INCOMING! The following five awful pests will seek to utterly destroy both your garden and spirit this summer. How can you fight back against a voracious army that numbers in the tens of thousands? By reading this post and doing what I say.
Bad Bug #1 — Japanese beetle (above)
Brief description: Unmistakable beetle with a green thorax, green head, and copper wings. Often dines (and mates) alongside hundreds of its fellow warriors. Good work if you can get it.
Favorite targets: It’s probably quicker to name what plants it doesn’t eat than the ones it does. Anything in the rose family (roses, apple, crabapple, plum, etc.) and mallow family (hibiscus, hollyhock, rose-of-Sharon, cotton, etc.) are toast, but it also consumes pines, crepe myrtle, annuals, perennials, and veggies.
Damage: Devoured flowers; skeletonized foliage (everything is consumed but leaf veins). Larvae (white grubs) in ground eat lawn roots, killing grass.
Fight back with: Spray target plants according to label directions with neem oil. Don’t spray flowers, though, as neem is toxic to bees. Sevin (carbaryl) is also very effective, if you don’t mind “chemicals.” Treat infested sod with a granular grub control applied with a spreader. Don’t bother with Japanese beetle traps. They only attract more beetles to your yard.
Bad Bug #2 — Aphid
Brief description: Aphids are small, blob like insects that suck plant juices. They can be yellow, green, orange, red, gray, or brown. Practically born pregnant, they multiply with amazing speed. The reason you see ants above is because ants “farm” aphids. They carry aphids to a host plant and drink the sweet honeydew aphids secrete. Yum.
Favorite targets: Almost any plant with juicy, green leaves and stems. They favor new, soft growth and flower buds. Often hide on leaf undersides. Don’t think I’ve ever seen a Chinese hibiscus without aphids.
Damage: Puckered, distorted, discolored leaves; dropping leaves and flower buds; stunted growth; black mold growing on leaves covered with aphid honeydew; plants contract diseases spread by aphids.
Fight back with: Fortunately, aphids are easy to kill. Spray according to label directions with neem oil, horticultural oil, or insecticidal soap. Or fill a spray bottle with 4-5 drops of liquid detergent to a quart of water and spray aphids wherever you see them.
Bad Bug #3 — Spider Mite
Brief description: OK, OK — spider mites aren’t true bugs that have six legs. They’re arachnids, like spiders, and have eight. They’re tiny — about the size of a sharp pencil point — and may be red, yellow, brown, or green. They suck plant juices and, like aphids, multiply amazingly fast. They usually hide on the undersides of the leaves. During severe infestations, they envelop leaves and stems with tiny webs.
Favorite targets: Almost any plant if the conditions are right. Spider mites like dry weather and low humidity. Indoor plants are spider mite candy.
Damage: The first thing you’ll notice on broadleaf plants is a speckling or bronzing of the leaves. Needleleaf evergreens often brown at the branch tips. Foliage yellows or browns and drops prematurely. Branches die back. Plants lose vigor and may die.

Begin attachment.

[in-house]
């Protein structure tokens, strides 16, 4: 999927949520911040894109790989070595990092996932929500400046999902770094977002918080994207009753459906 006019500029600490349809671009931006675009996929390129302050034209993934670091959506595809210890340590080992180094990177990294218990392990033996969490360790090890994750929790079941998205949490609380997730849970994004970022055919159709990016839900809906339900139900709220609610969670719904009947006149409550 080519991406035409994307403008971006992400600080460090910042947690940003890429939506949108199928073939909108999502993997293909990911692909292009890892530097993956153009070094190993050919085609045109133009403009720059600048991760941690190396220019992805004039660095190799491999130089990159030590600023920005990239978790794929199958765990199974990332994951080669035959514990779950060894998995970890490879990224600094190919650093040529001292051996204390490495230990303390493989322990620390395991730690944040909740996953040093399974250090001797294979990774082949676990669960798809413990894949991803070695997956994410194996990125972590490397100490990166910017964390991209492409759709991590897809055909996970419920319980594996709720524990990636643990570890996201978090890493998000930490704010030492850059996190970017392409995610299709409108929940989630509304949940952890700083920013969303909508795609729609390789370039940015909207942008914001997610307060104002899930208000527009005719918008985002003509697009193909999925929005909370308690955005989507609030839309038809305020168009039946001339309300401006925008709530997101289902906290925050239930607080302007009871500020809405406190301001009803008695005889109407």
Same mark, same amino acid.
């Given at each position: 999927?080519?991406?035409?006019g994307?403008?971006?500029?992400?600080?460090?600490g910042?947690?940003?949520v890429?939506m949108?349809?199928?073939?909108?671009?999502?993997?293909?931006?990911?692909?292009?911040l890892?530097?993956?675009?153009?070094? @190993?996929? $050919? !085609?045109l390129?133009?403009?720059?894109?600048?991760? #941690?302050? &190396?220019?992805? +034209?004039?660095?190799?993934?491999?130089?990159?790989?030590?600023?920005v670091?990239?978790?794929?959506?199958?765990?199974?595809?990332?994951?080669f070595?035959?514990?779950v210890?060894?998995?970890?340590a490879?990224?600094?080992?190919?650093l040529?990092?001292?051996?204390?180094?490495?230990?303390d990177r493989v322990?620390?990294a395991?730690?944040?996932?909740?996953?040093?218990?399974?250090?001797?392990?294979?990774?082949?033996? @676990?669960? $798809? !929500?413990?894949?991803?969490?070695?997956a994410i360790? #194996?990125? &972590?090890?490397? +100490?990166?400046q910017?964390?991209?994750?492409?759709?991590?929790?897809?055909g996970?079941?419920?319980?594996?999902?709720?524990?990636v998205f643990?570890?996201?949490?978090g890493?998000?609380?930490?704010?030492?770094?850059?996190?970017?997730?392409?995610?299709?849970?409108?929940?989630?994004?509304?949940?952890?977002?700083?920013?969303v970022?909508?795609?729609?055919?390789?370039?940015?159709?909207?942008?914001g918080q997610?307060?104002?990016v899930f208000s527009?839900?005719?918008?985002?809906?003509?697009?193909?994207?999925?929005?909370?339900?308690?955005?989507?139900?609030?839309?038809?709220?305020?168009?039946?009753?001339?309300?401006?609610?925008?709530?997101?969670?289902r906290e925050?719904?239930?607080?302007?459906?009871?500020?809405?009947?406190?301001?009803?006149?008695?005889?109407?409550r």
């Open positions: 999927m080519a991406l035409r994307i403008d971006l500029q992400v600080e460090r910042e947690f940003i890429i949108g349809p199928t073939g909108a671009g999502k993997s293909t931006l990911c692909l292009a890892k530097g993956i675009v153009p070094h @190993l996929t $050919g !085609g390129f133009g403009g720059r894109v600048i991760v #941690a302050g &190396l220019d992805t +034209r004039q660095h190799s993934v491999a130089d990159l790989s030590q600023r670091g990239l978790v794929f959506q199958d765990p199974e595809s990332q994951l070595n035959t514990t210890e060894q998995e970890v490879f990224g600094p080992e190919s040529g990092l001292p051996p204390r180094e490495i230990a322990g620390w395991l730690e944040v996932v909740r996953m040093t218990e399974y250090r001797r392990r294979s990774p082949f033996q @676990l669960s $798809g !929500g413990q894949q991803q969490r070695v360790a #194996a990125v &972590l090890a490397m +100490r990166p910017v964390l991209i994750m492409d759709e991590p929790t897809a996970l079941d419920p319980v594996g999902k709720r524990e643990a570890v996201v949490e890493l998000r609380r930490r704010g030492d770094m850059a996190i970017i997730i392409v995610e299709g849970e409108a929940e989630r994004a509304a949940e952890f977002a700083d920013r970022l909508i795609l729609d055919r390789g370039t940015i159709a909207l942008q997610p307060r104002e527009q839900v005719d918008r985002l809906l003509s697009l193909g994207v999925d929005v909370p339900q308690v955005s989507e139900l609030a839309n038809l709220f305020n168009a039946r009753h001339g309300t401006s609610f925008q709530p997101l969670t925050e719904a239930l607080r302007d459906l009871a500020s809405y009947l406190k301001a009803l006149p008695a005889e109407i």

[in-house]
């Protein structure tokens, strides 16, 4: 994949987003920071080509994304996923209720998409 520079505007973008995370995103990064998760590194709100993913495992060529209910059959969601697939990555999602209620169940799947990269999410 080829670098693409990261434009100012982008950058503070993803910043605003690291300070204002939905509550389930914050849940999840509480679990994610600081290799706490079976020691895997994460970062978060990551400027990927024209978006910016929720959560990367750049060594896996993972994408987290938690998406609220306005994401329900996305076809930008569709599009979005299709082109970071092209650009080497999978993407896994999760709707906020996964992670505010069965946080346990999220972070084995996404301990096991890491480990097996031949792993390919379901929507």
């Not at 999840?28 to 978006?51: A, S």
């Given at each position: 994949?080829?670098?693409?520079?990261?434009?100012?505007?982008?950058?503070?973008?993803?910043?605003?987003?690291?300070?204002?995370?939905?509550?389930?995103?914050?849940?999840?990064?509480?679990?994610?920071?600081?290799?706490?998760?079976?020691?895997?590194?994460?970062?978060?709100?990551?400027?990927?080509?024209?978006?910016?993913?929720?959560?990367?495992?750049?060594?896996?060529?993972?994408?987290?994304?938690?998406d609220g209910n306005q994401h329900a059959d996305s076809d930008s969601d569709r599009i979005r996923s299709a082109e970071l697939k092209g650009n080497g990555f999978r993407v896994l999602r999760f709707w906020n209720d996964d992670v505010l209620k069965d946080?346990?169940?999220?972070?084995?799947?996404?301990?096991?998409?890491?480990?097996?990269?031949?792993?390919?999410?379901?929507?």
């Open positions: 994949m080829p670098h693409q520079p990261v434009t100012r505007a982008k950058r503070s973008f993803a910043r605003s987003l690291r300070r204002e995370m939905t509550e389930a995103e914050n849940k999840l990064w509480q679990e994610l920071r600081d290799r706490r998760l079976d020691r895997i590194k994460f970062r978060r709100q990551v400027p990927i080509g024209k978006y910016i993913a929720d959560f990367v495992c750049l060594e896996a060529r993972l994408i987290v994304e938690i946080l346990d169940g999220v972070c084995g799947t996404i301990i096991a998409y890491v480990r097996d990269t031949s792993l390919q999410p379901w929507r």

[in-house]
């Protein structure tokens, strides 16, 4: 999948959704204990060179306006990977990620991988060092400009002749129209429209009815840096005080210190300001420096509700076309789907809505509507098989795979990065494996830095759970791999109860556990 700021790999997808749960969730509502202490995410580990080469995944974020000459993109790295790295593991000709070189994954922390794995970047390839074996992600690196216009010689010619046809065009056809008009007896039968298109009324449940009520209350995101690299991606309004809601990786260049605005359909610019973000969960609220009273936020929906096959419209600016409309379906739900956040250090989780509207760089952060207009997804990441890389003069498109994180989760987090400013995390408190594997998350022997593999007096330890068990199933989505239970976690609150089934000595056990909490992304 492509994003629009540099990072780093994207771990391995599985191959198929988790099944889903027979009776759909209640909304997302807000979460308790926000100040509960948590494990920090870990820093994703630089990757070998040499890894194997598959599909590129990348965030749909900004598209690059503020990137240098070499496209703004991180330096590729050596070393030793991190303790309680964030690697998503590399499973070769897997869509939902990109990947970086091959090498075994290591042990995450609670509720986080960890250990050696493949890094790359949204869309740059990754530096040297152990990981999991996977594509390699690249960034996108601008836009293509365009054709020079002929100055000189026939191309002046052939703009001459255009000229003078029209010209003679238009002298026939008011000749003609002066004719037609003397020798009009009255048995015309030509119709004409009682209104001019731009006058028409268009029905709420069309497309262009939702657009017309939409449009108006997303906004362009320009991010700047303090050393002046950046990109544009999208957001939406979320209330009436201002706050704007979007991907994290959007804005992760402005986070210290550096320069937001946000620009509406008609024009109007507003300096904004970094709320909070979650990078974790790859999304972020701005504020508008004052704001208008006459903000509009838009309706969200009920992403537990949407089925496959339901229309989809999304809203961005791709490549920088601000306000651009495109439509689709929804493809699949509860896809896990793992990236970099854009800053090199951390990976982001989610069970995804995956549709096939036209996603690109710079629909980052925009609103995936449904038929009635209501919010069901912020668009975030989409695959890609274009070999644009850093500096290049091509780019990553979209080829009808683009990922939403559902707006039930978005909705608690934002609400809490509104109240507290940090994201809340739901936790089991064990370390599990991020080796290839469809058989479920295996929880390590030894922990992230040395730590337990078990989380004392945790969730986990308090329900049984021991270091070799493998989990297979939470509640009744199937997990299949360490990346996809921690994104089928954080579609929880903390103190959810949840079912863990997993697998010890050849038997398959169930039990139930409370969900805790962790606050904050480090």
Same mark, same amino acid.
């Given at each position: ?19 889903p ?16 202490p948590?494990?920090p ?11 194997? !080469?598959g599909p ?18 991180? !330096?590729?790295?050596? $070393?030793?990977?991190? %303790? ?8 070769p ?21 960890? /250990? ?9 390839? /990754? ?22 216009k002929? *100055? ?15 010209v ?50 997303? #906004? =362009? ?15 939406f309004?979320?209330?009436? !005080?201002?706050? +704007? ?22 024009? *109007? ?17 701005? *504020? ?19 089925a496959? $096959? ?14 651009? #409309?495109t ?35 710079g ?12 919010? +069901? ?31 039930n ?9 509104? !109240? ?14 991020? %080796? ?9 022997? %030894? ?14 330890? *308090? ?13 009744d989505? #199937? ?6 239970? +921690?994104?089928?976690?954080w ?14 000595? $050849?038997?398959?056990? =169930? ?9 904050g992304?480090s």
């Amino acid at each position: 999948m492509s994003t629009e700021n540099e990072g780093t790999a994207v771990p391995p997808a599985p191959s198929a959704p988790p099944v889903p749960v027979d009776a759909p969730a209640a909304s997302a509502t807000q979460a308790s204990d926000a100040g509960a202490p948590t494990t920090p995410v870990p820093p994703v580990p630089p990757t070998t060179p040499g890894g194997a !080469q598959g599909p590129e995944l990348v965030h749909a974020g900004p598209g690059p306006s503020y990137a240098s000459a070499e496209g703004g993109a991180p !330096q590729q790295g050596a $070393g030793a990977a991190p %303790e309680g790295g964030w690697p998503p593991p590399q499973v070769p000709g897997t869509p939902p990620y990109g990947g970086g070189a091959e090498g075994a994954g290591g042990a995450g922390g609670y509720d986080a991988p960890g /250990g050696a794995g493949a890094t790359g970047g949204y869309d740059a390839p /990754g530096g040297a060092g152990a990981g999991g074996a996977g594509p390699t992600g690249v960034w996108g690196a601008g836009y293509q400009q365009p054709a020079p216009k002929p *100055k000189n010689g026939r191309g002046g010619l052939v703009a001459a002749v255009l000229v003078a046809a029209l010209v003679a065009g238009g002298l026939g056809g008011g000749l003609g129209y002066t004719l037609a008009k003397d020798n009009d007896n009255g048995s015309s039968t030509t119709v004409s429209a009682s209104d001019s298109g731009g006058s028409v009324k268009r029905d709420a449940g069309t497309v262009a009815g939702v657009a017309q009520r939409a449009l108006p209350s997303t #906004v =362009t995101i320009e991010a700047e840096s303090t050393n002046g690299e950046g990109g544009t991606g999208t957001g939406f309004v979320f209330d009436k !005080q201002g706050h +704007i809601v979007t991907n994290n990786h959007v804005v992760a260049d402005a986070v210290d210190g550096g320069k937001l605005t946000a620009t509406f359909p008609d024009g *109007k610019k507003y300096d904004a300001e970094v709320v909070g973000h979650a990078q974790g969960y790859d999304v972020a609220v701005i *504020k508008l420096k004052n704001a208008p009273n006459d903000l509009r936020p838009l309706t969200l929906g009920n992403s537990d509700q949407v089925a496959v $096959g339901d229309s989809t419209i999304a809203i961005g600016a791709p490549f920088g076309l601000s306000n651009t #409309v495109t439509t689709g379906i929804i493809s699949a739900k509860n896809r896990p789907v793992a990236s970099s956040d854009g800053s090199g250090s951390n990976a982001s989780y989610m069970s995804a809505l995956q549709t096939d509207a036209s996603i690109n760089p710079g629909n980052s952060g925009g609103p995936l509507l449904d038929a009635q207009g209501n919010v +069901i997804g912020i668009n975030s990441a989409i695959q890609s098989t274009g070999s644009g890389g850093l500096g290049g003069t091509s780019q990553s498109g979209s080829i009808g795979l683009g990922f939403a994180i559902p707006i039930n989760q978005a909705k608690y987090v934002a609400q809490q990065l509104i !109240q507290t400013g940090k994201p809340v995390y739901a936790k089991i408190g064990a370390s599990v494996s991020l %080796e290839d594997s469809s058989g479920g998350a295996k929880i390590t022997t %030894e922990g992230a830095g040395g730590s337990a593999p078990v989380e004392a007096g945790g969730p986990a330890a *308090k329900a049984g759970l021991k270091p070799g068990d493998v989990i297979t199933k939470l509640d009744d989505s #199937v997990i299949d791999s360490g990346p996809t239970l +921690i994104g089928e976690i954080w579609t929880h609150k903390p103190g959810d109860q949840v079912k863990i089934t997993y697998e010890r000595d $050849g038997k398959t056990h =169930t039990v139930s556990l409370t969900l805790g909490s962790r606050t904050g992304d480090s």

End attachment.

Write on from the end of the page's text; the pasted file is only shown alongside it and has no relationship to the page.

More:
Fight back with: Water (surprise!) Spider mites hate getting wet. So the first thing to try is blasting them to kingdom come with a strong jet of water from the hose. Wet foliage also slows their reproduction. Or use the same controls Grumpy recommends for aphids.
Bad Bug #4 — Armored Scale
Brief description: Armored scales are weird bugs. Little scales have six legs and crawl onto the leaves and stems of target plants. There they insert feeding mouthparts into the plant to suck the juices, drop off their legs, build a protective shell over themselves to fend off predators, and remain in place until they die. Kinda like NASCAR fans. People often mistake them for harmless bumps or specks. Later, people regret this.
Favorite targets: Just about any kind of plant. Indoor plants are particularly susceptible because a scale’s natural predators aren’t around.
Damage: Foliage becomes spotted; growth is stunted; plant dies back; black mold grows on sweet honeydew secreted by the scales.
Fight back with: The first weapon I’d choose would be horticultural oil. Applied according to label directions, it smothers scales. Be sure to wet all upper and lower leaf surfaces, all stems, and the trunk too if it has scales. Or if you’re OK with “chemicals,” apply a systemic insecticide, such as Bayer Advanced 12 Month Tree & Shrub Insect Control.
Bad Bug #5 — Brown marmorated stink bug
Brief description: About a half-inch long, this shield-shaped insect is distinguished by its banded wings and antennae. It lays clusters of 20 to 30 elliptical yellow or yellow-red eggs on the underside of leaves of target plants. A recent arrival from Asia, it builds up incredible numbers in agricultural areas. When you smash one, it stinks.
Favorite targets: Fruits and fruiting vegetables, especially tomatoes, peppers, eggplants, apples, peaches, plums, beans, corn, strawberries, figs, and citrus.
Damage: Feeding causes spotted, distorted, and dropping produce unfit for consumption. In winter, hordes of these stink bugs invade houses to avoid the cold.
Fight back with: You’re not gonna like this. Most insecticides are totally ineffective against brown marmorated stink bugs. However, one natural insecticide that seems to work is spinosad. You can get this at garden centers. It’s only for outdoor use. Follow label directions carefully. You can also reduce stink bug numbers by inspecting leaves for egg clusters and destroying any you find; draping target plants with floating row covers to exclude stink bugs; and knocking stink bugs into buckets filled with soapy water. To keep them out of the house in winter, carefully seal around all doors and windows.